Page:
The CBI has noted subsequently that the Central Credit Register simply records loan information that is submitted by lenders on a monthly basis; it does not produce a credit score. The CBI has confirmed that it is working with lenders to develop practical measures, so that the credit record of those who avail of a payment break get an appropriate recording on the Central Credit Register.
The Government has likewise stated that it is seeking to ensure that forbearance measures will not affect credit ratings.
Enforcement proceedings deferred
The BPFI has announced that the banks will defer court proceedings for three months. As noted above, the BPFI has further confirmed, on behalf of its members who are credit servicing firms and non-bank mortgage lenders, that those firms will similarly defer such proceedings for the same timeframe.
Other Governmental supports for struggling firms
These measures will complement the range of Government financial supports available to businesses, including the following:
- a €200m package of business supports will be made available by Enterprise Ireland for struggling firms
- loans (up to €1.5m) will be provided by the Strategic Banking Corporation of Ireland’s COVID-19 Working Capital Scheme at reduced rates
- MicroFinance Ireland will increase their potential loan threshold from €25,000 to €50,000
- a credit guarantee scheme will be provided by the pillar banks to affected firms (loans of up to €1m will be available)
The Department of Business, Enterprise and Innovation has also published some advice for SMEs on the practical steps that they can take, including in relation to available Government supports for working capital.
In addition, the Government has published a summary of the principal measures and initiatives for businesses and enterprises that the Government is implementing in response to the COVID-19 crisis.
Systemic Risk Buffer deferred
The Minister for Finance has decided to defer the introduction of the Systemic Risk Buffer whilst the banking sector is working together to support customers.
CBI statement: regulatory buffer release
The CBI has also announced that it has decided to release a capital buffer that banks are required to hold, being 1% of their Irish risk-weighted exposures. This Countercyclical Capital Buffer will be reduced from 1% to 0% no later than 2 April 2020.
This decision is stated to free up in excess of €1bn of bank capital that can be used to support approximately €13bn of restructured lending to bank customers that need assistance. Combined with the relaxation of Pillar 2 guidance and the Capital Conservation Buffer by the European Central Bank, the reduction in this buffer is intended to assist banks in supporting borrowers.
Further landlord and tenant related measures – temporary evictions ban and rent increases pause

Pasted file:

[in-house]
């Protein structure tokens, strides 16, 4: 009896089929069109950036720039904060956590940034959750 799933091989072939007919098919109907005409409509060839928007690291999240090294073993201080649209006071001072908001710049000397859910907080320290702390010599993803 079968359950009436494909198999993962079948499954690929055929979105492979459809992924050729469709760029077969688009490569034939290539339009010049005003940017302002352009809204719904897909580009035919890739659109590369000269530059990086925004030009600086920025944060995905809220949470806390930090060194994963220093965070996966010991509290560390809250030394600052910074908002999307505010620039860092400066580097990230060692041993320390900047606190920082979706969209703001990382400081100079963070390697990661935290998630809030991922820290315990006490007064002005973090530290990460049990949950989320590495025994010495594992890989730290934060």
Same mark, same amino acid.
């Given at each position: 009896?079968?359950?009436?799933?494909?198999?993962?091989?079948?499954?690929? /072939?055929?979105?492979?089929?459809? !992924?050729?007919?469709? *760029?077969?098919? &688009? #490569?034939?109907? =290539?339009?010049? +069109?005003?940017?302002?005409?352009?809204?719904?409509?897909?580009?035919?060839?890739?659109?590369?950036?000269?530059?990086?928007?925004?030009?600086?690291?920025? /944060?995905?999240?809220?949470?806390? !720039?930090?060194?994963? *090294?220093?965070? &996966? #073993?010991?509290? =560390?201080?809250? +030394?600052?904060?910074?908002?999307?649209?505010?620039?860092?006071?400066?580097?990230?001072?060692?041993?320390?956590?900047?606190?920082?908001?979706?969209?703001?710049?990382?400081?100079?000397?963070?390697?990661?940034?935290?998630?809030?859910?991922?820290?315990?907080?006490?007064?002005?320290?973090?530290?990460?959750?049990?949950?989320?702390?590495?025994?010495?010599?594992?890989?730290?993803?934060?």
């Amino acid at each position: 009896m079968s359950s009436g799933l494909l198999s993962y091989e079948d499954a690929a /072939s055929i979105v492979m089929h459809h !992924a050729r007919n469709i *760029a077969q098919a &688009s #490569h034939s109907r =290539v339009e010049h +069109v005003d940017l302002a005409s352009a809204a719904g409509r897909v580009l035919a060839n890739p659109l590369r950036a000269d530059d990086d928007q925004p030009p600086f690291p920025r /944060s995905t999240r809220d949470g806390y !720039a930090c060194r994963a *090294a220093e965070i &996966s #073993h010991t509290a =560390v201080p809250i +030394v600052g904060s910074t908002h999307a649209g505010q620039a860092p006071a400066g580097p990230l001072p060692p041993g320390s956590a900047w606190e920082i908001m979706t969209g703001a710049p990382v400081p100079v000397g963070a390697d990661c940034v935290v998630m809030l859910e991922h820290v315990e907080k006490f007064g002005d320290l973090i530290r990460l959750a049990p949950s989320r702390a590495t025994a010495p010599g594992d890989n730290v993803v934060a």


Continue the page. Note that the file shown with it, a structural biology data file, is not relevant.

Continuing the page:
The Minister for Housing, Planning and Local Government Eoghan Murphy TD said recently that these banking sector initiatives represent a first step in protecting both tenants and landlords in the current crisis. The Minister has now announced further measures to complement them, including a moratorium on evictions and rent increases for the duration of the COVID-19 emergency. The notice period for tenancies of less than six months will also be increased from 28 to 90 days. Legislation to implement these measures is expected to be brought before the Dáil when it sits again next Thursday, 26 March 2020.
Sector specific considerations
The impact on portfolios of loans that have been securitised or sold will need to be assessed in light of the pre-existing contractual frameworks.
Banks should also consider what disclosures they may need to make relating to these measures in any new debt programme or securitisation prospectuses issued or in updates to current prospectuses.
Credit servicing firms and non-bank mortgage lenders will need to consider a range of operational and contractual issues, and to engage with the CBI in relation to those, in order to support customers with these measures.
Implementation of these measures and further clarity awaited
These steps are a significant start in beginning to address some of the societal and economic challenges that Ireland now faces due to COVID-19. However, there remain some questions of implementation and an expectation of further measures to come.
- at this stage, it is uncertain exactly what form many of these forbearance and liquidity supports will take, although it certainly appears that many are envisaged at present to be on a voluntary basis
- these measures would be complex and lengthy to legislate for in the current crisis: however, the CBI may provide some guidance in this regard
- take up of the different measures is difficult to predict and will require granular implementation by the respective lenders
- we await the outcome of further discussions between the BPFI and the CBI, for example in relation to (i) the practical measures being developed to ensure the credit record of those who avail of forbearance measures get an appropriate recording on the Central Credit Register and (ii) implementing actions to be taken by credit servicing firms and non-bank mortgage lenders
- further legislative and/or regulatory developments are to be expected
We will continue to monitor these developments and will communicate further in due course.
For more information on these issues, please contact any member of A&L Goodbody's Finance team or your usual Finance contact.
Date published: 20 March 2020